Warnings over the rise in teenagers carrying knives in Ipswich and link to drug-dealing
- Credit: Archant � 2008
One of Ipswich senior police officers has warned disaffected teenagers are showing a greater willingness to carry knives as they get sucked into drug-dealing.
Over the last few years the level of potential violence youngsters of school age are putting themselves at risk of has escalated.
The type of offences involved are of a more serious nature as a ‘Playstation’ type world appears to have become more and more ingrained.
Twinned with the glamorisation of the lucrative rewards from dealing drugs, the temptation to join the ‘Gangsta’ culture is proving too hard to resist for a growing number of boys and girls in their mid teens.
The phenomenon has spread out from the bigger cities.
Acting Chief Inspector Stuart Weaver, who has been a police officer for 22 years, said: “There’s been a sea change, probably over the last three or four years. We have seen a lot more involvement of youngsters in drugs.
“This goes right down to 13 to 14 year olds upwards.
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“We have done some work with schools to identify vulnerable children who are at risk of being brought into a gang or a drug-dealing culture.
“What we are seeing on the streets is more of a propensity for young children to carry weapons. It seems to be the norm for some young children to carry a knife.
“There appears to be little understanding about the consequences of their actions.
“Sometimes it is almost like they are living in a Playstation world. It’s almost like some sort of game, until something happens.
“We are seeing children being paid to purchase clothes. We see kids being given large amounts of money to deal drugs.”
Gangs from London send youths down to take over the flats or houses of vulnerable adults – a process known as cuckooing.
Ch Insp Weaver said: “The people who have taken it over and use it as a place for drug-dealing can be as young as 14 or 15 years old and that’s certainly a new situation for us.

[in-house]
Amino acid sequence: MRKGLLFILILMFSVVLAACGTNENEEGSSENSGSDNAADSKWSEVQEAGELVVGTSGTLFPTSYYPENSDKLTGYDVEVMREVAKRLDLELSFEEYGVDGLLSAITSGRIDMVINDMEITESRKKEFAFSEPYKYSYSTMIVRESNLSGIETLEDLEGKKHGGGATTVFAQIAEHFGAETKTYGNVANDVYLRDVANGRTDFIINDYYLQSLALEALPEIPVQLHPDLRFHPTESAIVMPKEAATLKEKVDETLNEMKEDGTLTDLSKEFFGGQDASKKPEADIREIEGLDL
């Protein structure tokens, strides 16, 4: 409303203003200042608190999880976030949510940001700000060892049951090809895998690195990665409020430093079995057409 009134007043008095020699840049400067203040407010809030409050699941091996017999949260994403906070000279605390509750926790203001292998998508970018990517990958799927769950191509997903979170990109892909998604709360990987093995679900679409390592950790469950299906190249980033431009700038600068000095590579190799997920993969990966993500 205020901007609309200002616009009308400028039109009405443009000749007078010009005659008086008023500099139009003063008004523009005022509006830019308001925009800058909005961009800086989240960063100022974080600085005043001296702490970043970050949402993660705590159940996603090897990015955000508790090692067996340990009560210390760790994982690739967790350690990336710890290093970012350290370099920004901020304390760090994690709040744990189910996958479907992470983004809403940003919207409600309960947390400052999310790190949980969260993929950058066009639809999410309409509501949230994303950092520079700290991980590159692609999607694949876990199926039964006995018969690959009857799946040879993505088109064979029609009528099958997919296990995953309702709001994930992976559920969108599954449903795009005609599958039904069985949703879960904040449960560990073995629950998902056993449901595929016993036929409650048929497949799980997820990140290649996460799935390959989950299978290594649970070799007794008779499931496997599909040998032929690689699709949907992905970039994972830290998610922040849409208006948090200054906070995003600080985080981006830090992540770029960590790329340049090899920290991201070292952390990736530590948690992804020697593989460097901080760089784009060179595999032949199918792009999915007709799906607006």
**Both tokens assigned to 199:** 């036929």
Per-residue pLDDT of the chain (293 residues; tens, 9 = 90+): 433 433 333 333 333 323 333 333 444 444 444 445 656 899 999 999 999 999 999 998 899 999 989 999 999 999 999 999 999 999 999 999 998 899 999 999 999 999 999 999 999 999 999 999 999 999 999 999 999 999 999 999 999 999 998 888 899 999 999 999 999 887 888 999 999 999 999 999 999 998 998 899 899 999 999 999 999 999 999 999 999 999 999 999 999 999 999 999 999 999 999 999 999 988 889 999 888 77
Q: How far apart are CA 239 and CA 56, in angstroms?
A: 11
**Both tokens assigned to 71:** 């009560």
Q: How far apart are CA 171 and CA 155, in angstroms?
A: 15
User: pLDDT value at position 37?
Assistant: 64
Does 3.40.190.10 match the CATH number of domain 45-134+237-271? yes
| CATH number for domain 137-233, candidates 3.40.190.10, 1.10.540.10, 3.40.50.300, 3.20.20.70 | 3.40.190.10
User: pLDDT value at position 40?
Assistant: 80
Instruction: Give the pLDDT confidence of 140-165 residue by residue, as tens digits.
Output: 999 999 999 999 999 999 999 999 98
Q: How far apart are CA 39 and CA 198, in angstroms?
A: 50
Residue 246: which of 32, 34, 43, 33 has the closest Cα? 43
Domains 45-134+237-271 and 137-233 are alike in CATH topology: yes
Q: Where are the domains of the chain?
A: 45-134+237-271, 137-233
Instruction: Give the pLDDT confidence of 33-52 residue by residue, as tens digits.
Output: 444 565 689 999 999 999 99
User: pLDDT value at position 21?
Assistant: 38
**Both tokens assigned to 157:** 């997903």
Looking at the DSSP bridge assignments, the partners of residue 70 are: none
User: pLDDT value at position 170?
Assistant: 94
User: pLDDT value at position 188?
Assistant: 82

“I don’t think there is a true understanding of what they are getting involved with.
“It’s also like a glamorisation of drugs with the kids.
“It is certainly linked to social media where gangs post videos.”
Sometimes one group will provoke another via the internet, leading to serious incidents.
The prospect of easy money plays a big part in luring youngsters in.
Attitudes to gaining employment in a world where the job scene has changed when children leave school underpins the thinking of those who are tempted.
Ch Insp Weaver said: “It’s like what’s the point in doing well at school when they can earn the money drug-dealing.
“A lot of them don’t see any future for themselves around employment.
“There is almost that giving up before they have started mentality.
“A lot want to earn that high-end dollar, but don’t want to start off being at the bottom.
“There is perhaps a lack of role models for some of these kids in the real world.
“The kids will respect someone who has come from nowhere and done it.”
On June 20 a 15-year-old boy and a 16-year-old boy were arrested on suspicion of arson with intent to endanger life and possession of a firearm with intent to cause fear of violence following an incident in Kelly Road, Ipswich.
“An 18-year-old was also arrested on suspicion of possession of a controlled drug with intent to supply.
All three were questioned and have been released under investigation while enquiries continue.
In February two 14-year-old’s were arrested after two alleged gunpoint muggings in Princes Street area and Old Foundry Road, Ipswich.
A large number of youths from Ipswich, London and elsewhere, including a 13-year-old boy, have been detained as part of Operation Woven, a police operation which began in March to crack down on serious violent crime relating to drug dealing in Ipswich.
In November last year an 18-year-old was shot in the shoulder in Siloam Place in what was believed to be a drug-related incident.
Today, Nelson Smith Jnr, of West Meadows is due to be sentenced to life imprisonment for the murder of Barry Street, 32, and Nathan Oakley, 18, at West Meadows last December. Both men were stabbed today by Smith Jnr, who was aged 17 at the time. The killings were not drug-related.